Athol Moore, South Africa
I have no regrets doing my national service, I met some fantastic guys in the SADF and I am still in contact with some of them to this day, almost 17 years later. I was one of the lucky ones, I had been shot at many times by our own hastily trained, young and nervous infantary troops and by the enemy and never been hit. I saved many lives and never took any. I have no nightmares, or Post Traumatic Stress Disorder symptoms. I hold no grudges to any members of society either.
When I forgive
The one who has done me wrong
I cheat the Law of Hate
For to whom evil is done
Gives evil in return
When I turn the other cheek
I cheat the Law of Fate
For what goes out
Must come back
To find familiar base
That is where
The world has got it wrong:
Paying back hate for hate
Spawns a cycle of violence
And a defenceless state
Emmanuel Aiah Senessie (Sierra Leone)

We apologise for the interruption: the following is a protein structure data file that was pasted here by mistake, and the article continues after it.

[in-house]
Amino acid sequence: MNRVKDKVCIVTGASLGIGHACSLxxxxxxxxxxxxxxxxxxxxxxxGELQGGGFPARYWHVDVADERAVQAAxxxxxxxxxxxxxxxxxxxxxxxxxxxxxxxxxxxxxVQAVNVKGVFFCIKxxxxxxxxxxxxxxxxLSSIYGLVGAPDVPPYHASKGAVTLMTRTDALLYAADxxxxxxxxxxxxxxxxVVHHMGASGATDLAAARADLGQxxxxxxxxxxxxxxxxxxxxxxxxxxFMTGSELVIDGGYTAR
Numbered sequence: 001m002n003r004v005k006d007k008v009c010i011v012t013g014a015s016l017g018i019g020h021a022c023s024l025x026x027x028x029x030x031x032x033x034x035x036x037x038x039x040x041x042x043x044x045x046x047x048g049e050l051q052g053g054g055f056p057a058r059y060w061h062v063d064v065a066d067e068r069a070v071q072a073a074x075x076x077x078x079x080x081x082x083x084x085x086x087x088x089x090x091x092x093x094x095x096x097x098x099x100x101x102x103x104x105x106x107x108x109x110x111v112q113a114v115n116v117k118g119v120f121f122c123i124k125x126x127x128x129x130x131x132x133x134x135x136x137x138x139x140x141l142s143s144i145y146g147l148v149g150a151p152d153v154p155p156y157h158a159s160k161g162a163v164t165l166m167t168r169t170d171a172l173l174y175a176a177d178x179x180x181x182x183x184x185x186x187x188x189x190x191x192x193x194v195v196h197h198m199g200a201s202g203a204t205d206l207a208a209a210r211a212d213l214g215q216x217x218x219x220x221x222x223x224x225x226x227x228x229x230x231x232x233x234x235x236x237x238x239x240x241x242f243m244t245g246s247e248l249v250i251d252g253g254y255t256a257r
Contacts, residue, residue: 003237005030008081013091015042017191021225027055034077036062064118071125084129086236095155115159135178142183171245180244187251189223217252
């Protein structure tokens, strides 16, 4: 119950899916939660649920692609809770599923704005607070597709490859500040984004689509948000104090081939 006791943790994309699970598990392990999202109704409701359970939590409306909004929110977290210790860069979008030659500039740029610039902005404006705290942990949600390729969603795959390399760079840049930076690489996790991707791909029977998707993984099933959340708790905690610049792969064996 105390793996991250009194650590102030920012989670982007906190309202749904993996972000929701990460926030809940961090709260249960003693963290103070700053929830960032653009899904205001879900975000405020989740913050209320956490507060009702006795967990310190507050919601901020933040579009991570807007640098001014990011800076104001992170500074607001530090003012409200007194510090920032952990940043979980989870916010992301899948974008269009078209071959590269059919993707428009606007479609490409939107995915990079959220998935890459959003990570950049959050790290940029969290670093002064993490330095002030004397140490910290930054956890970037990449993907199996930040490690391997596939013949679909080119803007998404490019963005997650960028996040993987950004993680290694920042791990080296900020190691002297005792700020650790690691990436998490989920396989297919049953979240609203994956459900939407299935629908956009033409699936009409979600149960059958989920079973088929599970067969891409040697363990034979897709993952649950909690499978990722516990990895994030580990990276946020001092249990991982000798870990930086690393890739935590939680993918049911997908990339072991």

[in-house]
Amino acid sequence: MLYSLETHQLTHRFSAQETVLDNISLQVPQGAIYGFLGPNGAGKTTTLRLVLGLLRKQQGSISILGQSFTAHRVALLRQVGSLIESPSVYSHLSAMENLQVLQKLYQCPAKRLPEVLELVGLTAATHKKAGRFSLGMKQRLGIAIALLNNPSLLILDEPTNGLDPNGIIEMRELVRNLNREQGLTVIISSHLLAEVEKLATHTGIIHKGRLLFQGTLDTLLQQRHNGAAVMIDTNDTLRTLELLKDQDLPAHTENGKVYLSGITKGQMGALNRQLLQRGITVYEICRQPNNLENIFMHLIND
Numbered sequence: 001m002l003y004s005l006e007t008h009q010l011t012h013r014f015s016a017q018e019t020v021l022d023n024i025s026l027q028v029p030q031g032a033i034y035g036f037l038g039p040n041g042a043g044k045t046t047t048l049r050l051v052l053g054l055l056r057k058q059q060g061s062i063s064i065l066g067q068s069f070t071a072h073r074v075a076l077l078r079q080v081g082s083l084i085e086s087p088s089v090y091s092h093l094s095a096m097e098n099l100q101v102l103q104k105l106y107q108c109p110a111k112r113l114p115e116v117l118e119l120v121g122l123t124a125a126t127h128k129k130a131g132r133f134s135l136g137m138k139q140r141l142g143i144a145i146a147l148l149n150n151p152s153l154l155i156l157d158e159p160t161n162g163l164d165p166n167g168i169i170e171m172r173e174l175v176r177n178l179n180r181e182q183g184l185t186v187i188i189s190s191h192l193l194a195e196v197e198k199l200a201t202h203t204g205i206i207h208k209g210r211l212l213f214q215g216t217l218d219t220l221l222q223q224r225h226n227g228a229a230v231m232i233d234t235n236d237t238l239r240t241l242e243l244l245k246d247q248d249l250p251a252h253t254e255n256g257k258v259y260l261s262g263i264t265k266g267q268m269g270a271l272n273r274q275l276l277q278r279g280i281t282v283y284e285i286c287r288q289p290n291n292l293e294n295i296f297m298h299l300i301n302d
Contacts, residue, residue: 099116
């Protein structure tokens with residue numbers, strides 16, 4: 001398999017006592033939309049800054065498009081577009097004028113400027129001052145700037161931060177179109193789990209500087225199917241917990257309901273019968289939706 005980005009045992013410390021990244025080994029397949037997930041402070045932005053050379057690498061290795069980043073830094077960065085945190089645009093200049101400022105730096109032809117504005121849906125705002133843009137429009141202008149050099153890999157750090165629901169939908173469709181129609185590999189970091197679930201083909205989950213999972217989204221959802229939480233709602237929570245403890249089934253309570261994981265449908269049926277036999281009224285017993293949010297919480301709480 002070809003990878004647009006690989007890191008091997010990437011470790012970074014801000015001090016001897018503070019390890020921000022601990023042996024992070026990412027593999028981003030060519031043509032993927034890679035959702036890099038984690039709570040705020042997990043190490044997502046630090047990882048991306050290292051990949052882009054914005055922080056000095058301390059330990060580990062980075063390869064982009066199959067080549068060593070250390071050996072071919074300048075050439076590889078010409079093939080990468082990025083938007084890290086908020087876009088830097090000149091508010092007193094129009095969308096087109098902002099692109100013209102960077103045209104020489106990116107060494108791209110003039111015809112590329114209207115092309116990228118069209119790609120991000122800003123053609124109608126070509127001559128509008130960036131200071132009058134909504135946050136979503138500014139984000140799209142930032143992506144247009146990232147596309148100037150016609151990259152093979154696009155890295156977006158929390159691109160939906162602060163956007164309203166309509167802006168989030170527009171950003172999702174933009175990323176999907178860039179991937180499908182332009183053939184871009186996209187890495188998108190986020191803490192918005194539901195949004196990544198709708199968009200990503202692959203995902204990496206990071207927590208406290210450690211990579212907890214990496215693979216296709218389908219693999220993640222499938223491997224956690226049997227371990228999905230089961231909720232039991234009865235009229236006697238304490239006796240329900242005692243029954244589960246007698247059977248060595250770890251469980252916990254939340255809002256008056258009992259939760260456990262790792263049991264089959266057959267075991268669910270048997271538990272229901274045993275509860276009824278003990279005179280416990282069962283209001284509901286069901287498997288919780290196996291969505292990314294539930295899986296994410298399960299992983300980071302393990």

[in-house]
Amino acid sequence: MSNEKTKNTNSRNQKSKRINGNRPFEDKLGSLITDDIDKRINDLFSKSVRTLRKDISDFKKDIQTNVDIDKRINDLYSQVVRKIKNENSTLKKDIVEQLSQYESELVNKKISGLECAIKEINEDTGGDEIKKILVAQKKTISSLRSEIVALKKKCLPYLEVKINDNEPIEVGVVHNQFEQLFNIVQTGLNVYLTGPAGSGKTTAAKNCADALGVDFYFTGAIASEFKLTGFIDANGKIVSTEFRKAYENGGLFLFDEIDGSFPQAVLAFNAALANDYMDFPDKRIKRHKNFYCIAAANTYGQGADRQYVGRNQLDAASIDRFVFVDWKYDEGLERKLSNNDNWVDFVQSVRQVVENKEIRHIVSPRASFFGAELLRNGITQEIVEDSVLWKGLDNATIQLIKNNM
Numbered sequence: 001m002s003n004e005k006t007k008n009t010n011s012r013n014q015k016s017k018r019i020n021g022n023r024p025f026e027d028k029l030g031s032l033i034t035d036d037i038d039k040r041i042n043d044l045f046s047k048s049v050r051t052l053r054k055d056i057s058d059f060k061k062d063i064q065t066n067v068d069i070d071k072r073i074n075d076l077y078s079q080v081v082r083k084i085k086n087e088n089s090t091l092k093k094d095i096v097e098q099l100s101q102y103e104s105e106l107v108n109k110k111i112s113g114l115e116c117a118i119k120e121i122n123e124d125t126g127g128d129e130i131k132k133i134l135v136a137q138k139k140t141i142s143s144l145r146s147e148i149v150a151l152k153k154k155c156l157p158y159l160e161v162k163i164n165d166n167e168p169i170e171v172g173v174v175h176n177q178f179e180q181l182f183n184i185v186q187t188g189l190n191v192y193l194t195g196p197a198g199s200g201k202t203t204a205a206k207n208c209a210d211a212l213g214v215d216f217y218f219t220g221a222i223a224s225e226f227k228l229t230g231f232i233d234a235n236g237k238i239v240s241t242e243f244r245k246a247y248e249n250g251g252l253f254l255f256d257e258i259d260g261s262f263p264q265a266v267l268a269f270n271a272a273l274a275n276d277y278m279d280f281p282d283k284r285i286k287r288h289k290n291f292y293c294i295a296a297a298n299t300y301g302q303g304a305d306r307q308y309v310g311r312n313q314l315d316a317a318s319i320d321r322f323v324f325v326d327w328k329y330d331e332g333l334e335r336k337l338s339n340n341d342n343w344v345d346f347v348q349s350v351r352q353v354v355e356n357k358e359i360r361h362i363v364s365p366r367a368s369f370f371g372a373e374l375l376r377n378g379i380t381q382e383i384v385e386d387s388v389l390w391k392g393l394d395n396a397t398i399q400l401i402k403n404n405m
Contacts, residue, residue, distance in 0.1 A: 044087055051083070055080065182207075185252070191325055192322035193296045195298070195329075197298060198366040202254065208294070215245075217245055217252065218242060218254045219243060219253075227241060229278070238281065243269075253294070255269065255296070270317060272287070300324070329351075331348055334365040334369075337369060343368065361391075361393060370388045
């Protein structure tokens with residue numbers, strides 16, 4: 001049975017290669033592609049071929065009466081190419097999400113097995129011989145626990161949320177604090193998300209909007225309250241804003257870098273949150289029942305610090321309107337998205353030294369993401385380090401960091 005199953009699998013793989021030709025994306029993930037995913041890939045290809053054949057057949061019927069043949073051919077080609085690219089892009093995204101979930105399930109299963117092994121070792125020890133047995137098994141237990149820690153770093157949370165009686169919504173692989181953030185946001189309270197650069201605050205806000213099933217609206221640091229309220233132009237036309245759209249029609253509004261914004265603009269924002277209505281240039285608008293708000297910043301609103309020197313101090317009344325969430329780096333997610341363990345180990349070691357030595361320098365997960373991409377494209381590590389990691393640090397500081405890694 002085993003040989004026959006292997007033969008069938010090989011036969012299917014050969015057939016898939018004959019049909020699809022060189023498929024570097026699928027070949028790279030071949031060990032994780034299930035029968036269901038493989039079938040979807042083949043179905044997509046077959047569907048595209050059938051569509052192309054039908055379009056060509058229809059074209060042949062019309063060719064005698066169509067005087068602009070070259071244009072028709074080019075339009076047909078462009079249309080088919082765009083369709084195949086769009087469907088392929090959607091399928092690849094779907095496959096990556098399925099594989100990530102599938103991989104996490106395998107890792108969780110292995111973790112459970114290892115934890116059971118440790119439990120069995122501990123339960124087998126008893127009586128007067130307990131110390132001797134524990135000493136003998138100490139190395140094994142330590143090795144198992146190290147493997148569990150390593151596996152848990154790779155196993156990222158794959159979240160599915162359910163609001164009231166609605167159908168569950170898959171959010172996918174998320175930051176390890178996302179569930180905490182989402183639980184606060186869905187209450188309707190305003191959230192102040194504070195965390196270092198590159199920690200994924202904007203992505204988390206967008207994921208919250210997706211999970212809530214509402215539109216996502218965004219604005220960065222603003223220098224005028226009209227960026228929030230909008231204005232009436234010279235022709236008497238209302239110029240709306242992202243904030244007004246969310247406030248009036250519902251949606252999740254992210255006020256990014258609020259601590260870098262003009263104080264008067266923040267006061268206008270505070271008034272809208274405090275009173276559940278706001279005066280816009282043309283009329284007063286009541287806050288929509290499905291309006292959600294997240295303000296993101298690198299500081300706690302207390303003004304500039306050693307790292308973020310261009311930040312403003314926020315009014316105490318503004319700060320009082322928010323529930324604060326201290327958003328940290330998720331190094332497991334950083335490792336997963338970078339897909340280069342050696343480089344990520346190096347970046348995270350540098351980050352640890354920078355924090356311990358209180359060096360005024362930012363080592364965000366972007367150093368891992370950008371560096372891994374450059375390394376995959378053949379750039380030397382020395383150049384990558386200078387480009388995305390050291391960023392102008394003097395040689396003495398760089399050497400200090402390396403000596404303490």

You have made much of South Africa but the same things happened in Rhodesia/Zimbabwe. For us it was even more personal. After the war I could drive past the place where my best friend was blown to pieces by a rocket, and half expect to still see parts of him in the tree. In the end I found peace in my religion and with my new friend, a former guerilla fighter.We shared about our dead friends, lost dreams and what would have been if not for the war. And in the end he has lost his farm to Mugabe's "war veterans" and I have fled to a far off land. At this year's Anzac parade I wept for the wasted lives.